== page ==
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In home trainer with equipment problem!!

by bre
(MA)

I recently started my own personal training company for in- home or on location training. I have a few clients already and things are looking good. My only problem right now is the transportation of all my equipment. I am lugging around dumbbells, medicine balls, and even steps! Luckily, I am currently only training women, so the weights I typically carry in only go up to 12 lbs. Combined with the 10s, 8s, 5, 3, and med balls, i find myself really struggling to even lift my bags!

Does anyone have some advice on good ways to transport equipment? Maybe some of you trainers our there have come up with a brilliant way to make life easier!?!

thanks so much for any help!!!

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Portable gear
by: Lou Drakulich

I really like elastic bands and find Bodylastics are a great value. They have internal nylon cables which almost completely eliminate the danger of breaking and snapping back. I have no relationship with this company.
Another excellent and portable system are suspension trainers. TRX is the the most famous but I find WOSS makes a more reasonably priced product that is just as good. The WOSS Titan is my personal favorite.
Throw in a few different sized medicine balls and you should be able to fulfill the needs of a variety of clients. I like the medicine balls with handles over kettle bells because they don't break stuff or injure clients when dropped or misused.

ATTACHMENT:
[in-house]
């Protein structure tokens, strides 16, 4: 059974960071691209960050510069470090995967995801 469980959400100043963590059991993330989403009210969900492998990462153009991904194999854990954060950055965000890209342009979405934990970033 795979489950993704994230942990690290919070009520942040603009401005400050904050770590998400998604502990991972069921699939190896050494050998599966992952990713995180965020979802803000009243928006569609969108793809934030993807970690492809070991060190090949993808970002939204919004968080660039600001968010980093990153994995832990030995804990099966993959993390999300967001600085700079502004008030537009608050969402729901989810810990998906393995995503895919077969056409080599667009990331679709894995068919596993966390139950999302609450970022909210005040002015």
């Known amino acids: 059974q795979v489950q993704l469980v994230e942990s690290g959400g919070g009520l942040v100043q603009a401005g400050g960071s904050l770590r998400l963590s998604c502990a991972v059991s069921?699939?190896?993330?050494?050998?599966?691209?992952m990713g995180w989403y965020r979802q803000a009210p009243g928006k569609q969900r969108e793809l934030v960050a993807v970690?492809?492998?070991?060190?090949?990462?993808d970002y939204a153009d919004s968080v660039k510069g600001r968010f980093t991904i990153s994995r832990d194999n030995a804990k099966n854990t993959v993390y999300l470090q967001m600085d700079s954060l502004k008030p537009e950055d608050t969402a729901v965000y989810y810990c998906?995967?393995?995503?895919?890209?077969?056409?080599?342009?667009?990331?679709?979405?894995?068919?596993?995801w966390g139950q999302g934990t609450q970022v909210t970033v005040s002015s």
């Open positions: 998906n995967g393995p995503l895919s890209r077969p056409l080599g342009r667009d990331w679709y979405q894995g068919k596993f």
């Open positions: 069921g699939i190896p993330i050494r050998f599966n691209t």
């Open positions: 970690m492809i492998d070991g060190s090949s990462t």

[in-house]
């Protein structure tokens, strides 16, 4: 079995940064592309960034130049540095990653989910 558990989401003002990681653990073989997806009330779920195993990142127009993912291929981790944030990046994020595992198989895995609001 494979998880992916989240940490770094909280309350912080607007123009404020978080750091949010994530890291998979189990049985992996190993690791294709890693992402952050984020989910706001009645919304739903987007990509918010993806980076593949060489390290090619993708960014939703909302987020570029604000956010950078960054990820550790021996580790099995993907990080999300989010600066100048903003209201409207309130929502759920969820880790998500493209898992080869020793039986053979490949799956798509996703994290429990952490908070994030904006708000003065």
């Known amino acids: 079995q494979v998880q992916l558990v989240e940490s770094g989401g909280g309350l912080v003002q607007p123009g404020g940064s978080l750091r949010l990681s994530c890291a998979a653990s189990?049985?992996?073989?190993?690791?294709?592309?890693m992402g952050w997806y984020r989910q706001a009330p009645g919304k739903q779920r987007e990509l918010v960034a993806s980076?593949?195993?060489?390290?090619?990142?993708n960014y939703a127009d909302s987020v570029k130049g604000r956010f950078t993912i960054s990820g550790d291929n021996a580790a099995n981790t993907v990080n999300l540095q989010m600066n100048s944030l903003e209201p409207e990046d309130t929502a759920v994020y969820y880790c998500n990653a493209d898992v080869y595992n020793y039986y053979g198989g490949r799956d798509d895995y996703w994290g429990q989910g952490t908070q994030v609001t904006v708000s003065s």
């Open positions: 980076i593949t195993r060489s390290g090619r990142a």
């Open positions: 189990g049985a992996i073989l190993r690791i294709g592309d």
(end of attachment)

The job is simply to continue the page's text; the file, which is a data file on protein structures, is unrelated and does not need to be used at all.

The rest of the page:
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Basics for In-home training

by Kathy
(Dallas, TX)

I have tried working at a couple of chain gyms. Not good experiences so for - I will blame it on poor management. I have gotten my confidence up already. I have NFPT, NASM and kettlebell certs. I want to start doing in-home training. If someone doesn't have a home gym what basic portables do you use? There is so much you can do with stability balls, bands, and body weight exercises etc. I have some adjustable dumbells as well as some smaller kettlebells.

Bosu ball are crazy expensive so I am looking at wobble boards for stability exercises. Any other recommendations?

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Helpful resource
by: Anonymous

You really don't need as much as you think, when it comes to equipment. My business has always been "on-site" training, so these days, I'm completely lost in the gym environment.

During the summer months, I take it outdoors as much as possible. It's amazing what the outdoor environment provides in terms of workout "equipment". For example: a park playground with swings, monkey bars, balance beams, etc., can provide an entire circuit training course. Bodyweight and balance exercises provide hours of wonderful "equipment-less" training! Fitness games, such a knee tag and stability ball soccer are among my client's favorites. Not only does this type of "play" provide a great aerobic/anaerobic workout, it makes adults laugh like children...priceless!